You can still offer a free low power charging station, but consider that people will need something to do if their charging time is greater than about 15-20 minutes.
Wow! Making a home made quick charger!
That would be a fun project.

Pumping 50 Amps @ 240V would really speed things.
What is needed to setup such a 'home made quick charging station'?
Would a Tesla Powerwall act as the battery bank and how do we make it capable of high burst power?
Am just curious.

Also 50 Amp @ 240V also wont hurt the battery as much as these CHADemo stations that powers as much as 62.5 kW maximum power (at 125 A and 500 V). Right?

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82 Posts
Discussion Starter · #13 ·
Thanks for the information.

So essentially this is what i understand (Sorry am an electric noob)

Input is a 240 V, 15 Amp socket which is found in all businesses
Current Output could be boosted to 30A at 360V or 12 kW or more
A Battery pack is used to draw in extra current which facilitates high burst power

Let me know if i understand this right so far and please correct me if am wrong. Also here are some Questions.

So power chord that goes into the DC quick charge port of the Electric car is from the battery pack and not the grid, right?

This battery pack could be Lead Acid too? Or Does not have to be Li-Ion?

The grid charges the battery pack overnight or in between customer visits.
Is that right?

I like this product - JuiceBox - an Open Source Level 2 EV charging station that can charge your car at up to 15kW / 60A.
Link here - This JuiceBox Level 2 charger

How would u rate this product? No battery needed just fast charging!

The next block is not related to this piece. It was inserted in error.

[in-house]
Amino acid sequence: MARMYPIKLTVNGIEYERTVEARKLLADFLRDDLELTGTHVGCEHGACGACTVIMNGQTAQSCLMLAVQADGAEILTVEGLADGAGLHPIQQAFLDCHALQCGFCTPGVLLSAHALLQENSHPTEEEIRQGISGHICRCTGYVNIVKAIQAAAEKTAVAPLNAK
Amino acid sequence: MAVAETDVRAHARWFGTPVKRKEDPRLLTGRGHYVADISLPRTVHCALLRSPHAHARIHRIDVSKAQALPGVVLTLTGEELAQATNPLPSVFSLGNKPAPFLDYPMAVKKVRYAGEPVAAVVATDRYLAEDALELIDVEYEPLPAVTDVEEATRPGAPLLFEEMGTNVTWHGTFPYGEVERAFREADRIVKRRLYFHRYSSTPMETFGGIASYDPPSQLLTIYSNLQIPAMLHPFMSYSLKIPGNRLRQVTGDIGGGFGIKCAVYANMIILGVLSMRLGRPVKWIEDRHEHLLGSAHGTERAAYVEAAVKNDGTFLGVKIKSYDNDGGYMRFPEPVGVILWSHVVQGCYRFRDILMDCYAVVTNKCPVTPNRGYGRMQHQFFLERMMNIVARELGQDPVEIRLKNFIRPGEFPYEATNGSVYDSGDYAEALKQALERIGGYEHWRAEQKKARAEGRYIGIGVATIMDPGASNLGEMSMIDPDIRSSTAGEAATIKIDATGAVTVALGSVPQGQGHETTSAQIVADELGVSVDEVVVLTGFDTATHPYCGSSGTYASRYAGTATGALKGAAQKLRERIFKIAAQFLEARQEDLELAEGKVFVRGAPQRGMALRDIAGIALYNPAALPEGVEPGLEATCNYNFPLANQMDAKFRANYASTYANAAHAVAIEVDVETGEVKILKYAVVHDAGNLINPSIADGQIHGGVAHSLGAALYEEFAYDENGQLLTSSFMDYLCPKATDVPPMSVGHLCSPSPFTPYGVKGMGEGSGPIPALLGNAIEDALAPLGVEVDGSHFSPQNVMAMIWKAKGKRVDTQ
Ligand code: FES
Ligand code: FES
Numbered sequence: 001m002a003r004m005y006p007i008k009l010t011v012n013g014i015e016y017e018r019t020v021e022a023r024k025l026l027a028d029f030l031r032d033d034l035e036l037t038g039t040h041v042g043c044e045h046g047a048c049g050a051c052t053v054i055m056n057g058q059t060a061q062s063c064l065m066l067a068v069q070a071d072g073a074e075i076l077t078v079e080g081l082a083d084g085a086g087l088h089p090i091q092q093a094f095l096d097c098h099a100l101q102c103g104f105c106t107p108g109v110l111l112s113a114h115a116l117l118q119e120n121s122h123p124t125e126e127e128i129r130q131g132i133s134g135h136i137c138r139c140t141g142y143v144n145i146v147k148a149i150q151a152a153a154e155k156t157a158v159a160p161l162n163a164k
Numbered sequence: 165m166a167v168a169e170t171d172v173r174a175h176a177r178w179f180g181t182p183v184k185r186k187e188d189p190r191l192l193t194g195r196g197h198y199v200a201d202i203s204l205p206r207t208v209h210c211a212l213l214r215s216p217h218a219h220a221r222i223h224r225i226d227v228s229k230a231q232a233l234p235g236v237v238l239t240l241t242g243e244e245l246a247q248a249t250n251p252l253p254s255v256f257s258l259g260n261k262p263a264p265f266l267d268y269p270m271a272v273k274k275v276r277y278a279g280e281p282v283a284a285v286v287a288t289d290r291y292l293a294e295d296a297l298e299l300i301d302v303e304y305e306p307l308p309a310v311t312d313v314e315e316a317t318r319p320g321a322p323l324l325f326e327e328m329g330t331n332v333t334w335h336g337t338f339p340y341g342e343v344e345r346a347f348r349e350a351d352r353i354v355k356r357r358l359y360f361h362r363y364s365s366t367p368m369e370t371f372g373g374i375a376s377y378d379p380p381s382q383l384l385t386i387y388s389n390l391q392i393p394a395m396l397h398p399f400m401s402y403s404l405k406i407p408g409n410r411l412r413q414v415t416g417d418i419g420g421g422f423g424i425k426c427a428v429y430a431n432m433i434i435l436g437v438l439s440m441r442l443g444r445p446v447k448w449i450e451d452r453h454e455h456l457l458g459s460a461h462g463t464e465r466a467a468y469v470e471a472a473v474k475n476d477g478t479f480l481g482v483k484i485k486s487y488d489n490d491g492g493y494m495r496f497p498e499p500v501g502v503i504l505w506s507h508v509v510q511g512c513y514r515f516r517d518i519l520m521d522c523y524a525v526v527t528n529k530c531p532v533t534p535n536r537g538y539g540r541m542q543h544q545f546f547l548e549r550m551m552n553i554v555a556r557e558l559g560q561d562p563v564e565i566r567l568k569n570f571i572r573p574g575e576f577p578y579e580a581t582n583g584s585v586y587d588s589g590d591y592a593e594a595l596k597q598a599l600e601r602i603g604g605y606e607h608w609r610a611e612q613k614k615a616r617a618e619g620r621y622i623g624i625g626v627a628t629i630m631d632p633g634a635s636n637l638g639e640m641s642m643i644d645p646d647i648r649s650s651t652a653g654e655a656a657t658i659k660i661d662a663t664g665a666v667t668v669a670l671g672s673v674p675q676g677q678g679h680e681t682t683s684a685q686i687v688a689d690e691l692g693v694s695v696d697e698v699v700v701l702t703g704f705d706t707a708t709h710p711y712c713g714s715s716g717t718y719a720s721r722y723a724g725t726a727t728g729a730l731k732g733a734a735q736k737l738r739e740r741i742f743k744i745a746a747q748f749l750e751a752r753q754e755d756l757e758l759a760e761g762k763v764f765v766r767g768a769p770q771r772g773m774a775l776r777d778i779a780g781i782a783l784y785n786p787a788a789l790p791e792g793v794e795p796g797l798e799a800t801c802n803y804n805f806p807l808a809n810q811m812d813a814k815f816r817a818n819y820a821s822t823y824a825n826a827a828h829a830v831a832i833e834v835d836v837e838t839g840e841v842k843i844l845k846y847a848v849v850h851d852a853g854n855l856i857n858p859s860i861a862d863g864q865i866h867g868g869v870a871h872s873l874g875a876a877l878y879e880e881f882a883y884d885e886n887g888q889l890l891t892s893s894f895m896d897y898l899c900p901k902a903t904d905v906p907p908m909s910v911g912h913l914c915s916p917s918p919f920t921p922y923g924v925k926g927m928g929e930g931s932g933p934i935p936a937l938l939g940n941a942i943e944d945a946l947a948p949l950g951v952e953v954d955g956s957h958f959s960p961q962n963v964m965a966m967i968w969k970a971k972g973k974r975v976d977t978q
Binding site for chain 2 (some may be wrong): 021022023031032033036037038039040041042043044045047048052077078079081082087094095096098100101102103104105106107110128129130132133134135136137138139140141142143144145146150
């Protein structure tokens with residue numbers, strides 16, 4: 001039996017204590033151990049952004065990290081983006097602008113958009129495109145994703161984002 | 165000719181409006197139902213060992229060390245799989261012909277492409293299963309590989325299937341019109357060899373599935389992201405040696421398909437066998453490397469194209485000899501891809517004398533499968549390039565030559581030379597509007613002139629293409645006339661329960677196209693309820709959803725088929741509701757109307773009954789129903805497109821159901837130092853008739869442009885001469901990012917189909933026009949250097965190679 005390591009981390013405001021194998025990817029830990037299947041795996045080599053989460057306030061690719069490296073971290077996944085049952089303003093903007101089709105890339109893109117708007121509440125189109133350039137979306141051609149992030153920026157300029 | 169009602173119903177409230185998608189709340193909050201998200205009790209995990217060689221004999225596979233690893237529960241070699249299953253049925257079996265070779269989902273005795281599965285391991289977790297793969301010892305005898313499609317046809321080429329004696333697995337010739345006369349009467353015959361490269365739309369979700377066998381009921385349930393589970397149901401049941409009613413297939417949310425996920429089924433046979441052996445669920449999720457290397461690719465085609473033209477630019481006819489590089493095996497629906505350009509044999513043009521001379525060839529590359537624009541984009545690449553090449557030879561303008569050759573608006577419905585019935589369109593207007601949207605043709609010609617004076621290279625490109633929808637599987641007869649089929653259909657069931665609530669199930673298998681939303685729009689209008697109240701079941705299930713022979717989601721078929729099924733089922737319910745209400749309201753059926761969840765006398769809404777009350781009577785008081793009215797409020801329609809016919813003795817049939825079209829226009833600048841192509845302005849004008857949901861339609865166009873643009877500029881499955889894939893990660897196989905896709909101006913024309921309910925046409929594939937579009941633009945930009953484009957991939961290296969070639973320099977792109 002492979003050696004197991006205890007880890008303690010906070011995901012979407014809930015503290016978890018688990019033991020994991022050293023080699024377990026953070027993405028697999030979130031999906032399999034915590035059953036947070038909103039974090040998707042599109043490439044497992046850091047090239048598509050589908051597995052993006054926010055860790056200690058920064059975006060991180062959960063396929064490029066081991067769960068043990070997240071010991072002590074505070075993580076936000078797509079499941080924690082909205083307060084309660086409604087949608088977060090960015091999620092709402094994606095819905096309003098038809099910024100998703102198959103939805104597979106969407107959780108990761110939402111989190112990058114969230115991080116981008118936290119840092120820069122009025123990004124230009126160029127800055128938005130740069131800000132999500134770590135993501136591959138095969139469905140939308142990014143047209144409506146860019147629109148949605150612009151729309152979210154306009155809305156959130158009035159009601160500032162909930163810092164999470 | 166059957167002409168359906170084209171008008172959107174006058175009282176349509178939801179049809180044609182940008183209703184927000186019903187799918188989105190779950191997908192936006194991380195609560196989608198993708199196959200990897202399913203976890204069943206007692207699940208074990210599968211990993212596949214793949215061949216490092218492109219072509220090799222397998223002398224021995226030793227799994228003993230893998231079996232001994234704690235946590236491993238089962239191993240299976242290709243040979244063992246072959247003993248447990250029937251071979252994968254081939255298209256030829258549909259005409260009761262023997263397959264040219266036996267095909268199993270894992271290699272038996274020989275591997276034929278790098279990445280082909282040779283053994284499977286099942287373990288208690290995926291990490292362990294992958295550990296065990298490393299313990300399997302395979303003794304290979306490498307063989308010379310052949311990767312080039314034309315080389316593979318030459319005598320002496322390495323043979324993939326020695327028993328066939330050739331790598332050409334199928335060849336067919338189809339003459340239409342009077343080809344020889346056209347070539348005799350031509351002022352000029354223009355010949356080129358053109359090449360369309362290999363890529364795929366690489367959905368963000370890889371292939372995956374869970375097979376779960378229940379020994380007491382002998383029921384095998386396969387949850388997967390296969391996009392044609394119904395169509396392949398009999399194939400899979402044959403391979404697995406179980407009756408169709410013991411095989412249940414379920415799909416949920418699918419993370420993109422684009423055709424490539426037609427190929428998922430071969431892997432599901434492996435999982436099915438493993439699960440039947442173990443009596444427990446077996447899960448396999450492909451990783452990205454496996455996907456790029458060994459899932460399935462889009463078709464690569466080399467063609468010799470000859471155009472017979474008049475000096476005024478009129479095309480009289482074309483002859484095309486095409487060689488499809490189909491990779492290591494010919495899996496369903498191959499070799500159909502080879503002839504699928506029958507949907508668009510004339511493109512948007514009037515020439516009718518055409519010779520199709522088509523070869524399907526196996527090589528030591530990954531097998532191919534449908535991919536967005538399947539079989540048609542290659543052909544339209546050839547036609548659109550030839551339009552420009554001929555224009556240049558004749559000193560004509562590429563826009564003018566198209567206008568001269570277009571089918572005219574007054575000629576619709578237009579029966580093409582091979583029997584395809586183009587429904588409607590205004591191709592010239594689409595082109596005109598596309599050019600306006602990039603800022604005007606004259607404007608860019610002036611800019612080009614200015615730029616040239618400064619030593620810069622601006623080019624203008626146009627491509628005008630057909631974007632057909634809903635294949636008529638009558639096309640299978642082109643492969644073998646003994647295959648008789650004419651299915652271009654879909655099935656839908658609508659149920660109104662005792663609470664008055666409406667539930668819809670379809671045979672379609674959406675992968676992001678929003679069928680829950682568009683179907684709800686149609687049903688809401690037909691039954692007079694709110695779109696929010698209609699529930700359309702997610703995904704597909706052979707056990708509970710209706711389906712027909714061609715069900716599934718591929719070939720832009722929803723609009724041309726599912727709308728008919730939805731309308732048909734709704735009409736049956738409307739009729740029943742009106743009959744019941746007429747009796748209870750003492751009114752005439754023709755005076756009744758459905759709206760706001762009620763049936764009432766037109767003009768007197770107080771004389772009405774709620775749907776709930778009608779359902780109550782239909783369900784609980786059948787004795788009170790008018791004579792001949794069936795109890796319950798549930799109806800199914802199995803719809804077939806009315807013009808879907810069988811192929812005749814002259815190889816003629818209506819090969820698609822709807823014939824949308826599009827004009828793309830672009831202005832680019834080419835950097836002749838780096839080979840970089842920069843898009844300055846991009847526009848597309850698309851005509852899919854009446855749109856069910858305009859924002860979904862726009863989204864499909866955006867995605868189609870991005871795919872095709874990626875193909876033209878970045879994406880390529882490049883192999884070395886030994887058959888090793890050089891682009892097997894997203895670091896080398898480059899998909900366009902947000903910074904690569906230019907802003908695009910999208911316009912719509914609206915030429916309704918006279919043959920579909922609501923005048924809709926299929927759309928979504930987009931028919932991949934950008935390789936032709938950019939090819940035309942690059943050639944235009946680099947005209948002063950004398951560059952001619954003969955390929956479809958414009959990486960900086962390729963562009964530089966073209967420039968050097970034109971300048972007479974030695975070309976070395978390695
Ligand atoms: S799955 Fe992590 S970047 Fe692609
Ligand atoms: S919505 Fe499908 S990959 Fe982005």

The caveat is that, this achieves the high burst power from a NEMA 14-50 outlet, which is a 50 Amp, 240 V socket.

By the way, The idea of using a Heavy duty drone to offer mobile charging is wicked! :D

The charging station just signals the maximum current it can supply, while the charger in the car actually limits the charge current. Just like a simple 6A battery charger can plug into a 20A 120V socket. The charging station could have a current limiter and certainly must have some sort of overcurrent and short circuit protection in case something goes awry once the negotiation has completed and power is supplied to the car's charging connector.

Most EV battery chargers that I am familiar with can accept a DC as well as an AC voltage source. The EMW charger has a PFC front end that regulates the incoming supply to about 350 VDC, and that is ideal for most battery packs of lesser voltage, since a buck switching supply is used. The charger is essentially a switching supply similar to those used almost everywhere, and they first rectify the AC, so plugging into DC is fine, and you don't need PFC.

So, a 350 VDC battery bank at the charging station would be all that is needed, and it can be sized for the expected duty cycle of people using it. A typical charge might be 30A at 360V or 12 kW for 15-20 minutes, for about 3-4 kWh or 10-15 miles of range. If customers come in once every hour, you may need a 5 kW charge from the line, or about 20 amps at 240 VAC, for the 40 minutes between visits, so a 6 kWh pack would be sufficient (just barely). If the proprietor had his own EV with a modest 24 kWh pack, it would be plenty for a single charging station in use continuously during busy times, and then could be fully recharged overnight when there are fewer customers.

You could also have a mobile charging station in a small truck and offer road service calls (for a reasonable fee). People would have much less range anxiety if they know that a charging truck could be a phone call and 15 minutes away, almost anywhere. And the ultimate would be a heavy duty drone that could fly into remote areas to give you a "hot shot".